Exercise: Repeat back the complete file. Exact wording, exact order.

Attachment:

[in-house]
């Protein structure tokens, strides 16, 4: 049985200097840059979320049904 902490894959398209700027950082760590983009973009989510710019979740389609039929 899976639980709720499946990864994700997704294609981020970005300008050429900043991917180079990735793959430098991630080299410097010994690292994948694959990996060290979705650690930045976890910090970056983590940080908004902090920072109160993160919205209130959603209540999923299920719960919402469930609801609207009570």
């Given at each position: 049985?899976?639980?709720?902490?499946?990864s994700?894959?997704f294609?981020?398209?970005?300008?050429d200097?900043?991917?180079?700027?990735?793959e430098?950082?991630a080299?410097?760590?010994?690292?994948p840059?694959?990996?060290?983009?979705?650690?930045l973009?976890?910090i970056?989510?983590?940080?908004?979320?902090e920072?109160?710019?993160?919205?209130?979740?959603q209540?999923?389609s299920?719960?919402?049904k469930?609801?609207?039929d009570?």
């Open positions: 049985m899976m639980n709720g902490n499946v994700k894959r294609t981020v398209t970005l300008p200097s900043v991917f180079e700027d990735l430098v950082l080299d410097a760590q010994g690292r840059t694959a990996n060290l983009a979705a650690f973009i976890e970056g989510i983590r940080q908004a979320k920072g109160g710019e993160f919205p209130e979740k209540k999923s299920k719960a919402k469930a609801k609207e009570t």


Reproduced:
[in-house]
């Protein structure tokens, strides 16, 4: 049985200097840059979320049904 902490894959398209700027950082760590983009973009989510710019979740389609039929 899976639980709720499946990864994700997704294609981020970005300008050429900043991917180079990735793959430098991630080299410097010994690292994948694959990996060290979705650690930045976890910090970056983590940080908004902090920072109160993160919205209130959603209540999923299920719960919402469930609801609207009570």
């Given at each position: 049985?899976?639980?709720?902490?499946?990864s994700?894959?997704f294609?981020?398209?970005?300008?050429d200097?900043?991917?180079?700027?990735?793959e430098?950082?991630a080299?410097?760590?010994?690292?994948p840059?694959?990996?060290?983009?979705?650690?930045l973009?976890?910090i970056?989510?983590?940080?908004?979320?902090e920072?109160?710019?993160?919205?209130?979740?959603q209540?999923?389609s299920?719960?919402?049904k469930?609801?609207?039929d009570?």
């Open positions: 049985m899976m639980n709720g902490n499946v994700k894959r294609t981020v398209t970005l300008p200097s900043v991917f180079e700027d990735l430098v950082l080299d410097a760590q010994g690292r840059t694959a990996n060290l983009a979705a650690f973009i976890e970056g989510i983590r940080q908004a979320k920072g109160g710019e993160f919205p209130e979740k209540k999923s299920k719960a919402k469930a609801k609207e009570t």